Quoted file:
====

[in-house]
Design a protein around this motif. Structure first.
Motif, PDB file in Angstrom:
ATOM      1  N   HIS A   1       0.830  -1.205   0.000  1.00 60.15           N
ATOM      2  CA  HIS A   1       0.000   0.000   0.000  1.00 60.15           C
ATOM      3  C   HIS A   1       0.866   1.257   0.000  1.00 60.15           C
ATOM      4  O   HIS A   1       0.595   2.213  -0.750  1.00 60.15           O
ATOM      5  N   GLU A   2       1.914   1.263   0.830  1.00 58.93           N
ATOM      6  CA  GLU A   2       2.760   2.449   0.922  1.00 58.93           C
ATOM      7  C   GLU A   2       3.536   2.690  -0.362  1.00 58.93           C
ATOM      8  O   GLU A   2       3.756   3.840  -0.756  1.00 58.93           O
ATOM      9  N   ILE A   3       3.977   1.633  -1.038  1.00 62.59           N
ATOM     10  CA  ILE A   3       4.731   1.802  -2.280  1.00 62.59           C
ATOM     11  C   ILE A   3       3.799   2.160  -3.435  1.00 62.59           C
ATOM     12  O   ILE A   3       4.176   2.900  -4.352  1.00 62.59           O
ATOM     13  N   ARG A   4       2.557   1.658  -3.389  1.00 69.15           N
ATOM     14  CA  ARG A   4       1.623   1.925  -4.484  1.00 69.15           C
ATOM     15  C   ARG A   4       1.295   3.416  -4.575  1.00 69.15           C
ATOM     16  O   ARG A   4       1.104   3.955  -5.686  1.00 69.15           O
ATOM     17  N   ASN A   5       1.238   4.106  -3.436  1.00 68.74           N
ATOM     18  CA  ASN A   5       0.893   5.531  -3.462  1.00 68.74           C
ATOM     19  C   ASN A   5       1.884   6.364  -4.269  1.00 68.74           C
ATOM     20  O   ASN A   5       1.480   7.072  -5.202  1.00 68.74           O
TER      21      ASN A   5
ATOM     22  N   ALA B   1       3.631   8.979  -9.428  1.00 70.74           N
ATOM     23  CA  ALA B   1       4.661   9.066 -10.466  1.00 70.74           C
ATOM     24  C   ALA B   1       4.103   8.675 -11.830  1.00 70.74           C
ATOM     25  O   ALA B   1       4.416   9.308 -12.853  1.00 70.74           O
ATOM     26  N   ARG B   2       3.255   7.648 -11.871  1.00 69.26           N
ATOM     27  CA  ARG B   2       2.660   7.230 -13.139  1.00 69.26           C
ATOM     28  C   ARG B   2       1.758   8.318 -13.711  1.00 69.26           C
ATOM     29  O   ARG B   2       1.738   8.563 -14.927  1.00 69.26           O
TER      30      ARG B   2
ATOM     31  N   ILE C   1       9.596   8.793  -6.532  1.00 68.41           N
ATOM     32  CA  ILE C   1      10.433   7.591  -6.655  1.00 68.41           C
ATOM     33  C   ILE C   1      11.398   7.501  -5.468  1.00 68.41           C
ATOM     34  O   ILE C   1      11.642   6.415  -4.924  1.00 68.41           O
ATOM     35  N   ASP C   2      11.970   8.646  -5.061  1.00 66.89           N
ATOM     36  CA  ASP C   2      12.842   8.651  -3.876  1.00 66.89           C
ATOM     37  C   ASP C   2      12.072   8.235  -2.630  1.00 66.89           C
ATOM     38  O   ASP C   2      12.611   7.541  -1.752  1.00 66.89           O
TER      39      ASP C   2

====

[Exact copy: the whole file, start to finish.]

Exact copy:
[in-house]
Design a protein around this motif. Structure first.
Motif, PDB file in Angstrom:
ATOM      1  N   HIS A   1       0.830  -1.205   0.000  1.00 60.15           N
ATOM      2  CA  HIS A   1       0.000   0.000   0.000  1.00 60.15           C
ATOM      3  C   HIS A   1       0.866   1.257   0.000  1.00 60.15           C
ATOM      4  O   HIS A   1       0.595   2.213  -0.750  1.00 60.15           O
ATOM      5  N   GLU A   2       1.914   1.263   0.830  1.00 58.93           N
ATOM      6  CA  GLU A   2       2.760   2.449   0.922  1.00 58.93           C
ATOM      7  C   GLU A   2       3.536   2.690  -0.362  1.00 58.93           C
ATOM      8  O   GLU A   2       3.756   3.840  -0.756  1.00 58.93           O
ATOM      9  N   ILE A   3       3.977   1.633  -1.038  1.00 62.59           N
ATOM     10  CA  ILE A   3       4.731   1.802  -2.280  1.00 62.59           C
ATOM     11  C   ILE A   3       3.799   2.160  -3.435  1.00 62.59           C
ATOM     12  O   ILE A   3       4.176   2.900  -4.352  1.00 62.59           O
ATOM     13  N   ARG A   4       2.557   1.658  -3.389  1.00 69.15           N
ATOM     14  CA  ARG A   4       1.623   1.925  -4.484  1.00 69.15           C
ATOM     15  C   ARG A   4       1.295   3.416  -4.575  1.00 69.15           C
ATOM     16  O   ARG A   4       1.104   3.955  -5.686  1.00 69.15           O
ATOM     17  N   ASN A   5       1.238   4.106  -3.436  1.00 68.74           N
ATOM     18  CA  ASN A   5       0.893   5.531  -3.462  1.00 68.74           C
ATOM     19  C   ASN A   5       1.884   6.364  -4.269  1.00 68.74           C
ATOM     20  O   ASN A   5       1.480   7.072  -5.202  1.00 68.74           O
TER      21      ASN A   5
ATOM     22  N   ALA B   1       3.631   8.979  -9.428  1.00 70.74           N
ATOM     23  CA  ALA B   1       4.661   9.066 -10.466  1.00 70.74           C
ATOM     24  C   ALA B   1       4.103   8.675 -11.830  1.00 70.74           C
ATOM     25  O   ALA B   1       4.416   9.308 -12.853  1.00 70.74           O
ATOM     26  N   ARG B   2       3.255   7.648 -11.871  1.00 69.26           N
ATOM     27  CA  ARG B   2       2.660   7.230 -13.139  1.00 69.26           C
ATOM     28  C   ARG B   2       1.758   8.318 -13.711  1.00 69.26           C
ATOM     29  O   ARG B   2       1.738   8.563 -14.927  1.00 69.26           O
TER      30      ARG B   2
ATOM     31  N   ILE C   1       9.596   8.793  -6.532  1.00 68.41           N
ATOM     32  CA  ILE C   1      10.433   7.591  -6.655  1.00 68.41           C
ATOM     33  C   ILE C   1      11.398   7.501  -5.468  1.00 68.41           C
ATOM     34  O   ILE C   1      11.642   6.415  -4.924  1.00 68.41           O
ATOM     35  N   ASP C   2      11.970   8.646  -5.061  1.00 66.89           N
ATOM     36  CA  ASP C   2      12.842   8.651  -3.876  1.00 66.89           C
ATOM     37  C   ASP C   2      12.072   8.235  -2.630  1.00 66.89           C
ATOM     38  O   ASP C   2      12.611   7.541  -1.752  1.00 66.89           O
TER      39      ASP C   2